Grand River Kayaking

Kayaking – How to Have an Enjoyable Trip

We all want our kayaking trips to be enjoyable.  With a little forethought and knowledge you will be doing much better than blindly heading out .  If you are new to the sport or thinking about renting some boats for your once a year trip then this post is for you.

I saw this FaceBook post last Saturday and had to chuckle.  Many of us have been there, water levels so low that you portage more than you kayak or canoe.

Kayaking FaceBook Post
Such a funny Facebook post because we have all been there at one time or another.

Then two days later I saw this headline.

Chagrin River Kayak Rescue

Both of these rivers run through Lake County Ohio, about 10 miles apart.  A severe storm came through Sunday evening drastically raising the river water levels. As seen by the charts below.  Two days apart, very similar rivers, two drastically different trips.

Chagrin River USGS chart
A sharp rise in the Chagrin River water levels after a severe Sunday thunderstorm.
Grand River USGS chart
A sharp rise in the Grand River water levels after a severe Sunday thunderstorm.

I really want to help you have an enjoyable trip.  Safety is a completely separate post.  Fortunately an enjoyable trip also is a safe trip so much of the points are similar.


Always leave yourself options if your plans are not favorable. Water conditions and weather will greatly affect the enjoyment of your trip.  If the river is to low or high look for a lake.  If you’re planning on kayaking a lake and it is too rough, is there a nearby river? If neither are an option, how about hike or bike a new trail or try geocaching.  The point is you can change your plans.  It is better to have an enjoyable trip than to put yourself in danger or to drag a boat for most of the trip.

Know your Limits

Knowing your limits and the limits of others in the party is key to have not only an enjoyable trip but also a safe trip. This obviously comes with experience but start small.  My first time out with my kayak was at Lake Metropark’s Grand River Landing in Painesville.  Here the Grand River is slow and deep.  I was able to get the feel of my equipment, how the kayak turns, and it’s stability.  I was able to test and hone my my skills also.  Once I was comfortable with my new boat I then graduated to larger bodies and faster moving water.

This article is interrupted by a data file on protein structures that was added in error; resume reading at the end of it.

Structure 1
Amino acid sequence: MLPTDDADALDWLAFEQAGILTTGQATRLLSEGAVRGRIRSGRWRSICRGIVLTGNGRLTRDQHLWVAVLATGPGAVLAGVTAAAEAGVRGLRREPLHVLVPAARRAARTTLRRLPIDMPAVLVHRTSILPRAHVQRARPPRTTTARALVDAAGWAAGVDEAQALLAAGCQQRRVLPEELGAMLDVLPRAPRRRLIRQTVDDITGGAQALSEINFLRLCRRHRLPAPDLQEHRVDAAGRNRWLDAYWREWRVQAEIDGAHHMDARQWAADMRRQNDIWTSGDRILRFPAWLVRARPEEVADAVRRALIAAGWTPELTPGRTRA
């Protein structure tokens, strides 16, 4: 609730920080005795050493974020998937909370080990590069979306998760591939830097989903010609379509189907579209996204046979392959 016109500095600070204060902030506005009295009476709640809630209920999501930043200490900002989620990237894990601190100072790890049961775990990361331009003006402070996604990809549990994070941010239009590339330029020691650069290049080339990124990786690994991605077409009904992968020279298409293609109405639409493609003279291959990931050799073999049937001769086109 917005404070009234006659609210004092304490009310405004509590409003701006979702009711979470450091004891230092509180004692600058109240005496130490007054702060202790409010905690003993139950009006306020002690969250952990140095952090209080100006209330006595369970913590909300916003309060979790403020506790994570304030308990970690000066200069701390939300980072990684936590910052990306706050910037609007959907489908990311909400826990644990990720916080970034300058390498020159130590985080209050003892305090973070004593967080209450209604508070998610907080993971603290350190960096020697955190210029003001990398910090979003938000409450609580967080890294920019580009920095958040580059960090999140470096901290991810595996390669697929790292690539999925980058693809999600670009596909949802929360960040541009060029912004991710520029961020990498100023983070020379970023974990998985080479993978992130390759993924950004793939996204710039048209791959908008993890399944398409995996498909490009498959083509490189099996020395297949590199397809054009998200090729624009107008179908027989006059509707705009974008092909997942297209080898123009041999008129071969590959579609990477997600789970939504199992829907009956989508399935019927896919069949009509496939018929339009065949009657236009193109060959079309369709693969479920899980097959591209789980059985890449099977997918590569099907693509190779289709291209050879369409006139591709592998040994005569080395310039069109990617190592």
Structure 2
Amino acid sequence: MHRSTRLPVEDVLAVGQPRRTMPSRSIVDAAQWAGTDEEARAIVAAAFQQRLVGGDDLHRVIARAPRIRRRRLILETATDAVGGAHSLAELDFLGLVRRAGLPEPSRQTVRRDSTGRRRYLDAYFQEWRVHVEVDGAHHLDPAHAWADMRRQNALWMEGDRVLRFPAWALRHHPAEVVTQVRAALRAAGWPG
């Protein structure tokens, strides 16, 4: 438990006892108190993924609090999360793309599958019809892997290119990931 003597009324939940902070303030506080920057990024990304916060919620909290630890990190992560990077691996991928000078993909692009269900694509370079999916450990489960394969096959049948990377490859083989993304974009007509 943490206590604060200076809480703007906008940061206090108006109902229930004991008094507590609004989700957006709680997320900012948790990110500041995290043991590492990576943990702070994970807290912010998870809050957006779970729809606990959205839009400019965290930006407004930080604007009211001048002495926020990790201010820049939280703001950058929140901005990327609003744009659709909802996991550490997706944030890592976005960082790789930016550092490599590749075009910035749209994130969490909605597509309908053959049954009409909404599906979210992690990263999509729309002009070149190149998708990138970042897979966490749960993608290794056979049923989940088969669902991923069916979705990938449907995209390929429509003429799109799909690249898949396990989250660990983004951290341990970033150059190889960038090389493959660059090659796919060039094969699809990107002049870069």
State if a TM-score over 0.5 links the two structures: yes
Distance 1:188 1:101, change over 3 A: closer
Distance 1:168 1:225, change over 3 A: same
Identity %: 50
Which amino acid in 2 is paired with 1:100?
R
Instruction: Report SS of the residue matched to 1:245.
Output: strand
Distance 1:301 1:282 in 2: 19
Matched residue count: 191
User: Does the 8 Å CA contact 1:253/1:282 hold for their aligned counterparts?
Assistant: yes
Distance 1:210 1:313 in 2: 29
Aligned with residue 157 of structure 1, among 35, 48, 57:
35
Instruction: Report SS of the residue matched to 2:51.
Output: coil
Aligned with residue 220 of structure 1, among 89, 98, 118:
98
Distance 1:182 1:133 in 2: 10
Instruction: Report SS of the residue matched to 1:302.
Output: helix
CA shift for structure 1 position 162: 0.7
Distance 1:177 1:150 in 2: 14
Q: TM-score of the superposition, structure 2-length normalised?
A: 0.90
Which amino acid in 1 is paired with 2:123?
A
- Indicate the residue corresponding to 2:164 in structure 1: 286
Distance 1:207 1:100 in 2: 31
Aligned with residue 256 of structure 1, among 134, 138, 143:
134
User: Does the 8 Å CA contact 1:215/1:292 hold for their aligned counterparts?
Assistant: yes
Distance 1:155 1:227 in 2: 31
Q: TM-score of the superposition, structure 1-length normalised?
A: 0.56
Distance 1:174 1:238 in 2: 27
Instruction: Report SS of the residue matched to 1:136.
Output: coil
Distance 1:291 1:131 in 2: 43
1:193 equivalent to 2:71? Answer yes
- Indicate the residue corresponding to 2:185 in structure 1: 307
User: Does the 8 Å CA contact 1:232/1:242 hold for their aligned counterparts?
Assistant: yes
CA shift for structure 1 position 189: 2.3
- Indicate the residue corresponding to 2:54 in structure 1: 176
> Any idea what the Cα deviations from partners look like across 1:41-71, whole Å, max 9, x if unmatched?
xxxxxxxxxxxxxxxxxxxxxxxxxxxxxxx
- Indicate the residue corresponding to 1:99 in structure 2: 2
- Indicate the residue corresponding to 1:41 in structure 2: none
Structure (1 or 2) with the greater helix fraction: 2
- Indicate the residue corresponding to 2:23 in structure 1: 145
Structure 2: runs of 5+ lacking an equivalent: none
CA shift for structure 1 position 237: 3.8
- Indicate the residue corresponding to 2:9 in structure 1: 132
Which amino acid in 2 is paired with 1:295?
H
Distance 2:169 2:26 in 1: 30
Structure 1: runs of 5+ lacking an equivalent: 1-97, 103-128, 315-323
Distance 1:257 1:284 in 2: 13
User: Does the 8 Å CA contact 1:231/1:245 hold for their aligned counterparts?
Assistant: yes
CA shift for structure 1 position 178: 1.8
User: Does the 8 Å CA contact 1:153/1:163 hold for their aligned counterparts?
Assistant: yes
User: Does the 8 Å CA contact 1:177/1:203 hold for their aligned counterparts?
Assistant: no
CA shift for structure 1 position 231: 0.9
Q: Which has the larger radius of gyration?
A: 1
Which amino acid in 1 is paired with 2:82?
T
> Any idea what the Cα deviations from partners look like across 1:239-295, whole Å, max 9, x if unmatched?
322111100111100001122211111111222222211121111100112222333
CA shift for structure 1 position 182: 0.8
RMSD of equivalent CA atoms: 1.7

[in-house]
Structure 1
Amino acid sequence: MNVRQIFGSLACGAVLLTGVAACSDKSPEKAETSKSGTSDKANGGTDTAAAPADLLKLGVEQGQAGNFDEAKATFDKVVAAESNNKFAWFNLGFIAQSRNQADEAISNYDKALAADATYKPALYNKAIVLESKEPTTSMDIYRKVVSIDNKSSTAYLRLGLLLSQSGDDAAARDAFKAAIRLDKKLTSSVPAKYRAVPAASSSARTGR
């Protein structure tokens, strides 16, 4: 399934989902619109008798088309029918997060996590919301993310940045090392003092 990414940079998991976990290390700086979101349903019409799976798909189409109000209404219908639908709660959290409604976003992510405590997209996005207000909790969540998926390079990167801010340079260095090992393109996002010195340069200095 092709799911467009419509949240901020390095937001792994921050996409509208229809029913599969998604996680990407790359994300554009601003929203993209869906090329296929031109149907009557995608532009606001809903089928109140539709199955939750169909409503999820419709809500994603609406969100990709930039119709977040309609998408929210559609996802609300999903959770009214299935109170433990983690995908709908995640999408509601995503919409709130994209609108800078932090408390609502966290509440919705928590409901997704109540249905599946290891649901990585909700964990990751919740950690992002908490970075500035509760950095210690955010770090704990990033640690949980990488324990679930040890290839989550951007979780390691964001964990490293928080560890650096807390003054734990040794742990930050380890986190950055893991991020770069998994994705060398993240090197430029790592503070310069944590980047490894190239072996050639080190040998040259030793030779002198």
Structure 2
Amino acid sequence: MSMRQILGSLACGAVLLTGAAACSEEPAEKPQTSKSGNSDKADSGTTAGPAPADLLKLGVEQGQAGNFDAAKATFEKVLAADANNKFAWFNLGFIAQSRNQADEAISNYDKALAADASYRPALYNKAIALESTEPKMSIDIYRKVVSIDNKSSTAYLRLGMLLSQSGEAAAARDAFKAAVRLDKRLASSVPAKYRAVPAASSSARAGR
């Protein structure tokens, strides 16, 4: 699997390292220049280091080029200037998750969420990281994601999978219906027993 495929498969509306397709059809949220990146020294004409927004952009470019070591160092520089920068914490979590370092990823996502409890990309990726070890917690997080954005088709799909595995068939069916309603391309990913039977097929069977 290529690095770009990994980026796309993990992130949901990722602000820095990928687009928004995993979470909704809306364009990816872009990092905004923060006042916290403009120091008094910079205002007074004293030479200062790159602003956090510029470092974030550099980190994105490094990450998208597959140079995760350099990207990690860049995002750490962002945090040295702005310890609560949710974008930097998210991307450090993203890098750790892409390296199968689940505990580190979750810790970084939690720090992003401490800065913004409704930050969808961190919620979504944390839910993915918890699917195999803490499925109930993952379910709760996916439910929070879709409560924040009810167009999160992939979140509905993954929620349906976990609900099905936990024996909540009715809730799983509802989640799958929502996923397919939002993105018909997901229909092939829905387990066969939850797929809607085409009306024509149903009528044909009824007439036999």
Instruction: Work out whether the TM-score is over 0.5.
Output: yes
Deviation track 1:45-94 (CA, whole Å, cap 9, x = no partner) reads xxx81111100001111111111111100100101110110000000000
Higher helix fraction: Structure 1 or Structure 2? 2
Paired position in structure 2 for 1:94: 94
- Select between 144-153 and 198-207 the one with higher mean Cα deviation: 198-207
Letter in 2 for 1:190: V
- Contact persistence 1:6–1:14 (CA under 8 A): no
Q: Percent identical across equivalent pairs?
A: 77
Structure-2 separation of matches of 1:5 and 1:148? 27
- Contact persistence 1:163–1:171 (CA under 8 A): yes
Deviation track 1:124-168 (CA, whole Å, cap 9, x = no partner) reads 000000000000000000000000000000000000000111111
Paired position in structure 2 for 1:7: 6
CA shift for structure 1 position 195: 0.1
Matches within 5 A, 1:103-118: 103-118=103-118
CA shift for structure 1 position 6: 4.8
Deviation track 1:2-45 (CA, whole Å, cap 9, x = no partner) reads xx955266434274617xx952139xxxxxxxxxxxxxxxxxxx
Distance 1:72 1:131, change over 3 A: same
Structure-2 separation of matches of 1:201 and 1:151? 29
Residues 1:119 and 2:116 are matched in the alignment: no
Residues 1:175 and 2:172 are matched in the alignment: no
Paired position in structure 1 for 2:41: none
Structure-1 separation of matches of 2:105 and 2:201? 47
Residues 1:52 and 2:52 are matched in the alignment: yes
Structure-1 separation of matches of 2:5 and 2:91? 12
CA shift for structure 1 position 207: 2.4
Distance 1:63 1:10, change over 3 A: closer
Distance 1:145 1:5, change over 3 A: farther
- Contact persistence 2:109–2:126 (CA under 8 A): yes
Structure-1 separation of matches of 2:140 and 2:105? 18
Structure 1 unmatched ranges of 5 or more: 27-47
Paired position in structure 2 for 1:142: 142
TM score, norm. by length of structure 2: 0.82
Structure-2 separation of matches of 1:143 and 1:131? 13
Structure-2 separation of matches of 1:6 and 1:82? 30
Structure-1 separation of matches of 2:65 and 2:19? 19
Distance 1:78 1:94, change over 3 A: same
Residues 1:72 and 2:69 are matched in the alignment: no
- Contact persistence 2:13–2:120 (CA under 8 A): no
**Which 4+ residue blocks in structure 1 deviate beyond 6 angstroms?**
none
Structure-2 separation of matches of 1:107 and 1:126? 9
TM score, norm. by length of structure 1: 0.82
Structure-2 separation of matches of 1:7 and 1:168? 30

Know the Water

The problem with the two trips above was the unfamiliarity of the water they kayaked.  One trip was just not as enjoyable as it could have been.  The other trip could have been deadly, especially since there was a child involved.  I post water levels in my trip reports as a guide for myself on future trips and to assist others in trip planning.  At this point I do not know what the max water level I feel safe kayaking on the Grand River is or what the minimum water level for an enjoyable trip is.  Again, this comes with experience.  Over time I will learn.

With river kayaking, water levels not only play a key role in navigating safely, but also landing safely.  As the water rises it may flood the typical landings, making them either small or nonexistent.  The other key point is that if the river is running from bank to bank then an emergency exit becomes very difficult.  You may be pulling out at the steep drop off of a bank or if the river is over the bank then you will be landing in trees or whatever else borders the river.

And it is just not river water levels, if you are kayaking in a lake or ocean you need to know how large of waves you can safely handle.  Just like rivers, this comes with experience.  Can you navigate the boat through the waves?  Can you safely enter and exit the boat?  Depending on the size of the waves, you may be getting wet.  This comes with knowing your equipment.

How Long Will You be Out

The main point here you would think I would not have to cover but I’ve seen it time and again.  Know how long you will be out and bring enough water and possibly a snack or meal.  If you are unsure then error on overestimating your time than under, I.E. Bring more than you think you need.

Another factor on determining the distance of a trip is the kayak seat.  Many budget kayaks have uncomfortable seats and will greatly influence the hours you plan on being out.  You may not be able to spend more than one to three hours in the seat without major butt or back pain. Do not be afraid to take breaks to stretch your legs.  You do this when traveling by car, you should do out when kayaking also.

That Sun is Intense

Another obvious thing is to know the weather.  From experience, the sun can get intense on the water and the wind can get cold when you’re wet.  Hypothermia, heat exhaustion and heat stroke are real issues, deadly issues.  Heat issues are a little easier to overcome when kayaking, you can always go for a swim.  If it is cold, prepare to get wet, pack warmer clothes in a dry bag.  If it is sunny, bring sun screen and a hat.  Really the same as any other outdoor adventure you want to enjoy.


The best thing about any adventure is the time you will spend with your friends and family.  But make sure they enjoy the outdoors and not grossed out or afraid of bugs, mud, or anything else that may be unavoidable on a trip .  Do not drag someone along on a trip that will be perfect in your eyes but completely miserable to them.  It will not be fun for either of you.


I’m going to close with this.  No trip is ever perfect and those imperfections are what makes a trip memorable.  Have realistic expectations. If you take the above points into consideration you should have an enjoyable trip and create memories that last a lifetime.



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